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Some thought GM Jim Benning wouldn't last into 2020, and now look where the team he built is standing.
Jan 18, 2020; Vancouver, British Columbia, CAN; San Jose Sharks forward Barclay Goodrow (23) reaches for the puck against Vancouver Canucks forward J.T. Miller (9) during the first period at Rogers Arena. Mandatory Credit: Anne-Marie Sorvin-USA TODAY Sports
The Professional Hockey Writers Association — a confederacy of filberts and misfits of which your agent has been a proud member for 30-odd years, emphasis on odd — announced its midseason awards this week.
Most of the results were predictable. Connor McDavid won the Hart; John Carlson the Norris; Cale Makar the Calder with Canucks’ rookie Quinn Hughes finishing second.
There was one category, however, in which the results weren’t quite as obvious, where voters had to stop and think about their ballot. The Jim Gregory Award goes to the general manager of the year — or half-year in this case — and it went to Colorado’s Joe Sakic over the Coyotes’ John Chayka and the Blues’ Doug Armstrong.
But it also raised a question in at least one member’s mind; namely, did any GM do more to improve his team over the first half of this season than Jim Benning?
Benning, as it happens, finished fourth, which at least means his work with the Canucks isn’t a complete mystery to the national media. But you wonder if the voters fully appreciate the transformation that has taken place in Vancouver and the turnaround Benning has helped create.
In looking at the season to date, the wonder isn’t that the Benning rebuild has the Canucks in first place in the Pacific Division. The wonder is he stayed employed long enough to see the project through.
St. Louis Blues vs. Vancouver Canucks
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We need not revisit all the mistakes and missteps accrued over his first four years on the job, but a loose list includes a series of sideways trades low-lighted by the deal for Erik Gudbranson, the Loui Eriksson free-agency signing, and the drafting of Olli Juolevi — although that story is still being written.
There’s also the small consideration of four consecutive seasons in which the Canucks’ highest placement was 23rd overall. Throw in an ownership group that has demonstrated an itchy trigger finger and Benning seemed like a sure bet to be replaced.
Then things changed in a big way.
Again, you’re likely aware of the details. The bigger picture is 17 of the 21 skaters who’ve played at least 14 games for the Canucks this season were drafted, signed or traded for by Benning. And 11 of those players have been added in the last two seasons, including core pieces Elias Pettersson, Quinn Hughes, J.T. Miller, Tyler Myers and Tanner Pearson. The Miller trade, in particular, registers as a master stroke after it was roundly criticized when it was made.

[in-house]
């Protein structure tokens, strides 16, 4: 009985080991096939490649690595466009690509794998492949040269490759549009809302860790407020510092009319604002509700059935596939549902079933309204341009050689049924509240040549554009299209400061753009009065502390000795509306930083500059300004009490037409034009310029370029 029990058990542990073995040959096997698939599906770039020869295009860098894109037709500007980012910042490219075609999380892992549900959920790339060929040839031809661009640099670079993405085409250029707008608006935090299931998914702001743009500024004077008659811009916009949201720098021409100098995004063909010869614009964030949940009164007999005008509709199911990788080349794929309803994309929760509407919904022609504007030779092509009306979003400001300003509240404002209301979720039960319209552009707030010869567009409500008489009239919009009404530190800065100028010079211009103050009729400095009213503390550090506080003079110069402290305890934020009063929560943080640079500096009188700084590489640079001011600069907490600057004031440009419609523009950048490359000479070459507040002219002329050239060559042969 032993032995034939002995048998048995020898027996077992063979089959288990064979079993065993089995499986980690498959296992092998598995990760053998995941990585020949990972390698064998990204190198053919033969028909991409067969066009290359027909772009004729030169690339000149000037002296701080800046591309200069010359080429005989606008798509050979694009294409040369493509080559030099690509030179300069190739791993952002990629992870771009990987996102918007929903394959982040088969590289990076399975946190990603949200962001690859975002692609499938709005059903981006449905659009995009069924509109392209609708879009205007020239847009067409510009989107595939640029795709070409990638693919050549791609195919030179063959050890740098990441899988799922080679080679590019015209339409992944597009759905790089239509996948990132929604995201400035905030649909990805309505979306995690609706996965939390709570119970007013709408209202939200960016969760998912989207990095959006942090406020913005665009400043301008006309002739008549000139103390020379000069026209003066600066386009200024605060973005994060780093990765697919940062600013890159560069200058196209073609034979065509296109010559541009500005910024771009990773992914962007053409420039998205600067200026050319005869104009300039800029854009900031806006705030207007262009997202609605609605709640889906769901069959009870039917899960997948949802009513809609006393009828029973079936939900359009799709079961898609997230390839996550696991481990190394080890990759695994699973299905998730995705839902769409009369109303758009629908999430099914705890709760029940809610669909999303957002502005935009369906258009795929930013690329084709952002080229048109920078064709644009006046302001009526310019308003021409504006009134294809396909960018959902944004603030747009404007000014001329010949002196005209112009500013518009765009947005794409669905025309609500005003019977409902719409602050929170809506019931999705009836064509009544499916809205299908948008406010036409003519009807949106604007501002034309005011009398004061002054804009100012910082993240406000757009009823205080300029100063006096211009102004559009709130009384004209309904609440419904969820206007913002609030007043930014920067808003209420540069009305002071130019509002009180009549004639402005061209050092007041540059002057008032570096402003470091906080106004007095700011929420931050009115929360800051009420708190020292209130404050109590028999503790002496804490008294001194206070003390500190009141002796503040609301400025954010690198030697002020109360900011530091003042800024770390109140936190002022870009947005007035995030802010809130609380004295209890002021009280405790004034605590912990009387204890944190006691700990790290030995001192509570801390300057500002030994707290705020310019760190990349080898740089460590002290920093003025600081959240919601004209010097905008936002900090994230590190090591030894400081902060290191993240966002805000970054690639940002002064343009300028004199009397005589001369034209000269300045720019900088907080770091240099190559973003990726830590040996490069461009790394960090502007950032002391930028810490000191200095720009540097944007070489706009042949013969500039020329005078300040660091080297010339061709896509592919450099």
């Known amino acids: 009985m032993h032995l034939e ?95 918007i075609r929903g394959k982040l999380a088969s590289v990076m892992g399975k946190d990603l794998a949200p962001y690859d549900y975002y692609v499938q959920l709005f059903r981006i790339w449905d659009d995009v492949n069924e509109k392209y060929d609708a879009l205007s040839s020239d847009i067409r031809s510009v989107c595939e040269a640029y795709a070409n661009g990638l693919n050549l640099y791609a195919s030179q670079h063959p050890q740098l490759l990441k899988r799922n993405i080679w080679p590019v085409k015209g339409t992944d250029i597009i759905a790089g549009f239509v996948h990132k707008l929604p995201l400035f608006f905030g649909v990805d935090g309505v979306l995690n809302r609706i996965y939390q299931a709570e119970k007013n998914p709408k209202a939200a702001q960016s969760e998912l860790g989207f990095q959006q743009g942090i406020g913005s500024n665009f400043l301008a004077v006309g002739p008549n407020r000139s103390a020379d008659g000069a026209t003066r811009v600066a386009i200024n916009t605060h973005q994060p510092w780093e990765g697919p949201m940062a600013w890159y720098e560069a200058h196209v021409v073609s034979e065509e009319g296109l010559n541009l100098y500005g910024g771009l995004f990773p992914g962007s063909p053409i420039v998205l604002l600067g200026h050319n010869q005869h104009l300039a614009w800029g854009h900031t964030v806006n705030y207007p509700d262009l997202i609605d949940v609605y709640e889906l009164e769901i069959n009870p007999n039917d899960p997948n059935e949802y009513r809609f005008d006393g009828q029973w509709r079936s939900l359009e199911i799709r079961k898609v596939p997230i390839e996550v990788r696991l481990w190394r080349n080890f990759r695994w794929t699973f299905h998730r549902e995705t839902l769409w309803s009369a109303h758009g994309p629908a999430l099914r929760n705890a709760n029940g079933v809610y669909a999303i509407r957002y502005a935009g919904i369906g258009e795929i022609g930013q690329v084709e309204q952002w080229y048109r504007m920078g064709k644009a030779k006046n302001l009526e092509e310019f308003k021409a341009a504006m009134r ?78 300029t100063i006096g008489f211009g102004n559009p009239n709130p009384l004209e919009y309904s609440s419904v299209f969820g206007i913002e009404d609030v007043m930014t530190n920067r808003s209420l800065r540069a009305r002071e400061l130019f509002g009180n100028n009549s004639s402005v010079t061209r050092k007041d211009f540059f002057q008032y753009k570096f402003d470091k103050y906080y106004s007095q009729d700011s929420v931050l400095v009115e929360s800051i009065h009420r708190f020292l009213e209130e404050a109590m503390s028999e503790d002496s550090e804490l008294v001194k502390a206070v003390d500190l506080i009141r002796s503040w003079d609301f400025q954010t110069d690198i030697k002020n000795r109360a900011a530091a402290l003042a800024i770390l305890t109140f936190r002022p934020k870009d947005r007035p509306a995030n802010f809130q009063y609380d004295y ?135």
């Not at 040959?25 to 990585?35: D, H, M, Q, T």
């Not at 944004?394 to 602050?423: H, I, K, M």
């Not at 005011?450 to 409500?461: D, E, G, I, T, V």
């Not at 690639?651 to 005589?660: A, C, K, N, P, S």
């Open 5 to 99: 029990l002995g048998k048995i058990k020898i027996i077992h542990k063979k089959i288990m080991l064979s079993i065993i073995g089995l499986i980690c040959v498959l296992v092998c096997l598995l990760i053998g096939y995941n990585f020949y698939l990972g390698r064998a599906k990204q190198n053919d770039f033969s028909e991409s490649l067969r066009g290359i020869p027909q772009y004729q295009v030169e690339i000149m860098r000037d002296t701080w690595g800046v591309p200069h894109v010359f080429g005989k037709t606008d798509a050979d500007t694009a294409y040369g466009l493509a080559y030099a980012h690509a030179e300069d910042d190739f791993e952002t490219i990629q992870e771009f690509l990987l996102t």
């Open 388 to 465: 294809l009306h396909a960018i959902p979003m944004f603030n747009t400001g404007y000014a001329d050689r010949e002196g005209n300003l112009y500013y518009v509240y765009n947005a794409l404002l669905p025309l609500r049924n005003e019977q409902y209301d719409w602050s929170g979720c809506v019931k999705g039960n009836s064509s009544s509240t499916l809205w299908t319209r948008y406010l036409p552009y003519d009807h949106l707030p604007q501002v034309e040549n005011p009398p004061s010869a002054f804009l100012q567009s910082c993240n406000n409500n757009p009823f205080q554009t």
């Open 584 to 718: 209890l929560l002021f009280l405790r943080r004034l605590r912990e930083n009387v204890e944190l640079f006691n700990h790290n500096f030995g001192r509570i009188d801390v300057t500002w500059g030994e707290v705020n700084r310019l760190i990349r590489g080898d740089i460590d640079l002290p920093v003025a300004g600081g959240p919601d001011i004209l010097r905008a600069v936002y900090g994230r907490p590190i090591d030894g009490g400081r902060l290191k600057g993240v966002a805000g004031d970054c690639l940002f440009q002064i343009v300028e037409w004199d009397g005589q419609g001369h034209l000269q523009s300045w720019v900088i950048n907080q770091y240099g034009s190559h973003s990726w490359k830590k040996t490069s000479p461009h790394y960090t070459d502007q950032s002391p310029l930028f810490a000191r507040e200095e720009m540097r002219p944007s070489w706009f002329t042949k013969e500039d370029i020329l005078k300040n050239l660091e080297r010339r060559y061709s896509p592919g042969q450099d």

So back to our original question: Did Benning do more to improve his team than any other GM?
It’s an interesting one that involves a degree of subjectivity. Sakic has the Avs second in the Central and four points ahead of the Canucks in the West. He started, of course, with a better foundation, but he also delivered a notable series of wins for the Avs, trading for Nazem Kadri this off-season, signing free agent Joonas Donskoi and setting Makar loose on the NHL.
The 2018 trade for then minor-league defenceman Ryan Graves is also shaping up as a home run. In his first full season, the 6-5, 220-pound Graves has eight goals and 19 points in 48 games and leads the league at plus-34.
Suffice to say we have no problem with Sakic’s selection.
As for the other two GMs who finished ahead of Benning, Armstrong has the scoreboard on his side in St. Louis and it’s difficult to argue with a Stanley Cup winner. We’d simply point out virtually all of his heavy lifting was done before this season.
Chayka, meanwhile, is an interesting one. Like the Canucks, the Coyotes suffered through a horrendous stretch before clawing their way out of the NHL’s catacombs this season. Chayka’s biggest moves, however, involved trading younger players and future assets for 32-year-old Phil Kessel and pending unrestricted free agent Taylor Hall.
The ’Yotes last made the playoffs in 2012, so you can understand why Chayka would put the priority on this season. But whether or not they make the post-season, there’s a bill coming due with the Coyotes, which is part of the equation here.
In the interests of transparency, I had the Leafs’ Kyle Dubas on my ballot largely because I voted just as the Leafs were starting a 1-3-2 swoon that had the centre of the universe in a state of agitation. Still, Dubas deserves credit for replacing Mike Babcock with Sheldon Keefe and the contributions of a number of call-ups from the AHL. Or maybe I’ve just been brainwashed by TSN.
You can also throw Carolina’s Don Waddell into the mix.
Back to Benning. You can parse this question any number of ways, but you have to concede the Canucks’ GM has taken his team farther and in less time than any other GM in the league this season. Is that worthy of a trophy? Who knows.
But we can say this: After a four-year reign of error, Benning has done more to rehabilitate his image and the image of his franchise than any other general manager this season. Maybe you had to be there to fully appreciate what’s taken place with the Canucks, but Benning should be recognized for his work.
And when you consider everything that’s happened here in his five years on the job, that’s quite a story.
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